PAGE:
US 4360579 A
An apparatus and methods for producing a transmission barrier for inhibiting propagation of light into still unimaged transparent portions of microfiche recording system intermediate film strips by light-piping action are described. The barrier serves to optically isolate the subsequently-to-be-imaged still unexposed portion of the film strip in a dispensing film head from the illumination used to transfer the previously developed image on the exposed portion of the strip onto a permanent recording medium, such as a microfiche film card. In one exemplary form of the invention, the barrier regions are photographically produced dark bands or lines between the longitudinally spaced areas of the film strip to be imaged. These bands or lines are preferably created as latent images during the initial exposure of the intermediate film and subsequently developed at the same time as the record image. Alternative embodiments include placing bands or lines of light absorbing material on the film strip or by serrating or otherwise locally deforming the intermediate film strip to produce the barrier regions, the serrations serving to spoil total internal reflection in the film. Long term fogging of the film by normal ambient light is dealt with by providing an automatic film payout feature. Particular applications to archival microfiche systems involving the intermediate film strip carrying a transferable image are described. An apparatus for using pre-formed barriers on the film strip to regulate film advance is described.
1. A method for preventing light fogging of unexposed portions of an initially transparent film strip producing opaque imaged areas when imaged by imaging energy and contained within an imaging energy sealed portion of film support means from which a limited area of the film strip to be imaged is exposed to an external imaging energy region, comprising forming integral with the film strip in or on the film strip at least one propagation barrier region between each such limited area of the film strip to be imaged and the adjacent later to be exposed areas, each such barrier region having the property of inhibiting the propagation of said imaging energy into adjacent later to be exposed areas of said film strip by internal reflection of such energy between the opposite surfaces of the film.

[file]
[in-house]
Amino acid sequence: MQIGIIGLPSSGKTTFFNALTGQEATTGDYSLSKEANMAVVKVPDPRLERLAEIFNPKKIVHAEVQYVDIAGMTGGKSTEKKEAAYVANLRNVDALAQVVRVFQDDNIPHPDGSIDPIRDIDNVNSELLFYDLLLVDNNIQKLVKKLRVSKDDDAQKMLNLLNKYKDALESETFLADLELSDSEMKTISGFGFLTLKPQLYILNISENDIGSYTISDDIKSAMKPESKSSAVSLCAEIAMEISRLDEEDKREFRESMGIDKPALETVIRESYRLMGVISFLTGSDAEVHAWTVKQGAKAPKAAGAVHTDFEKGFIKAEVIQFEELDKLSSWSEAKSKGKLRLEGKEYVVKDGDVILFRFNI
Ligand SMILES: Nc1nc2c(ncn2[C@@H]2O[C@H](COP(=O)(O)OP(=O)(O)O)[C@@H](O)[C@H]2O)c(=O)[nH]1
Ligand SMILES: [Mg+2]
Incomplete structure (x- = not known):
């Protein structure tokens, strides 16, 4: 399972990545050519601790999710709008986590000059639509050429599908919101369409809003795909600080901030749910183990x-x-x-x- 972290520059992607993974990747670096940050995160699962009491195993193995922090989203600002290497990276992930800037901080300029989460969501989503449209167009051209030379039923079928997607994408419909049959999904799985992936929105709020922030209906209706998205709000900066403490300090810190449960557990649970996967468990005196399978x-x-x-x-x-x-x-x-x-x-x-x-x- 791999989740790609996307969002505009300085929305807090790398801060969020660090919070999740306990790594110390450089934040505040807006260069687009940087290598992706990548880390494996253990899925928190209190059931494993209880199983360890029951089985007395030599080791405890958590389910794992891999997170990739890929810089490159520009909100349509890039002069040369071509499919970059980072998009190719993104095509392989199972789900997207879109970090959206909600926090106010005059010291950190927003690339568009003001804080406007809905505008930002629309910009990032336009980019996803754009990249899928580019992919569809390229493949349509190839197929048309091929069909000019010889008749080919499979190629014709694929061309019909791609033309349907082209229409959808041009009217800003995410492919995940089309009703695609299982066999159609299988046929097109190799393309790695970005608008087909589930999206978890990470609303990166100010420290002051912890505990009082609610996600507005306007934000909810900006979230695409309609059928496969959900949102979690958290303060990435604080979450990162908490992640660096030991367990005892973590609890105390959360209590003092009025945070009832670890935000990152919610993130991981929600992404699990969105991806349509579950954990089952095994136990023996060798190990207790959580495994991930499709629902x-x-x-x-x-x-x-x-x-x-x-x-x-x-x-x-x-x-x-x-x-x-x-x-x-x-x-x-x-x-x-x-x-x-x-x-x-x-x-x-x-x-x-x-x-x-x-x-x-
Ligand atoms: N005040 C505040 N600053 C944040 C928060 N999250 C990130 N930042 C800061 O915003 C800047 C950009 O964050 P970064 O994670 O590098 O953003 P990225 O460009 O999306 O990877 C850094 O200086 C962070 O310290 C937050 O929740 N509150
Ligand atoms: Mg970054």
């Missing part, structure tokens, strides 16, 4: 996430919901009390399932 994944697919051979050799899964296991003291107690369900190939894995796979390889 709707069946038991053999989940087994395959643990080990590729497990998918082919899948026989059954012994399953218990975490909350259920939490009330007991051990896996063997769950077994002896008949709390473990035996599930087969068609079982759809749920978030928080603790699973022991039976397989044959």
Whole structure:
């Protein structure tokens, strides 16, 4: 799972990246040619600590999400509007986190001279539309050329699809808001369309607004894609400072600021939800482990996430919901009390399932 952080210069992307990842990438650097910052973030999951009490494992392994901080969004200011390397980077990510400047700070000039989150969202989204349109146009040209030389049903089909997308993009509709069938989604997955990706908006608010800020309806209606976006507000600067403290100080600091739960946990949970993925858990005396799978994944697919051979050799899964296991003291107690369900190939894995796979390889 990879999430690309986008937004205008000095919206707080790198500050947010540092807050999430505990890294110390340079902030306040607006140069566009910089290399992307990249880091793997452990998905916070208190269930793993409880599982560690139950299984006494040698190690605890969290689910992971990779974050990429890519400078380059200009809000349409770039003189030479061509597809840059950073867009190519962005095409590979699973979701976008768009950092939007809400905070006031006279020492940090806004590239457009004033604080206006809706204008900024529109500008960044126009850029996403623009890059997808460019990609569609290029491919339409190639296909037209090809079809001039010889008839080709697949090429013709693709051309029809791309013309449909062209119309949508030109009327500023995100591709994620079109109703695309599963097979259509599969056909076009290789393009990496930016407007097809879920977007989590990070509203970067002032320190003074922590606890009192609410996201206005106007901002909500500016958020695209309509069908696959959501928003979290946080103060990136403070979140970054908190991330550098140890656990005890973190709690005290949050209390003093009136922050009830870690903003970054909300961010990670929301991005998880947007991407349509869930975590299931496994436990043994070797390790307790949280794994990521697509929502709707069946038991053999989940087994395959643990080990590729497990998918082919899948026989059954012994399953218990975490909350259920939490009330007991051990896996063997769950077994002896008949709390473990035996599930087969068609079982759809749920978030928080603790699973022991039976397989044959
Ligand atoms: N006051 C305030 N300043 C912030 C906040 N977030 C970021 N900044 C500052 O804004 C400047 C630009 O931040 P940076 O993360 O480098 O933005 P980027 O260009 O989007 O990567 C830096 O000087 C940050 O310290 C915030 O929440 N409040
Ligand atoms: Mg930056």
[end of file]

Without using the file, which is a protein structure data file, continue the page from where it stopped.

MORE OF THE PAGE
2. The method of claim 1 wherein each of said propagation barrier regions is formed by permanent deformation of said film so it has one or more bends or deviations from local planarity therein interfering with light propagation within said film.
3. The method of claim 1 wherein each barrier region is formed by forming a radiant energy absorbing region on or in the film.
4. The method of claim 3 wherein each barrier region is formed by the photographic exposure of the chosen region involved followed by a local photographic development.
5. The method as recited in claim 1, 2, 3, or 4 wherein said barrier regions are pre-formed during the manufacture of said film strip.
6. A method for preventing light fogging of an intermediate film, having at least one exposed opaque portion and at least one unexposed transparent portion, during transfer of said image from said exposed portion to another film by subjecting said exposed portion to imaging energy for the transfer of said image comprising: forming prior to said image transfer, integral with said intermediate film in or on said film, at least one propagation barrier region disposed along the entire width of the intermediate film between said exposed portion and said unexposed transparent portion, each said barrier region inhibiting the propagation of said imaging energy into said unexposed portion by internal reflection to said imaging energy between the opposite surfaces of the film.
7. The method of claim 6 wherein each of said propagation barrier regions is formed by permanent deformation of said film so it has one or more bends or deviations from local planarity therein interferring with light propagation within said film.
8. The method of claim 6 wherein each of said propagation barrier regions is formed by forming a radiant energy absorbing region in or on said film.
9. The method of claim 8 wherein each of said propagation barrier region is formed by the photographic exposure of the chosen region involved followed by a local photographic development.
10. The method of claim 6, 7, 8 or 9 wherein said propagation barrier regions are pre-formed during the manufacture of said film strip.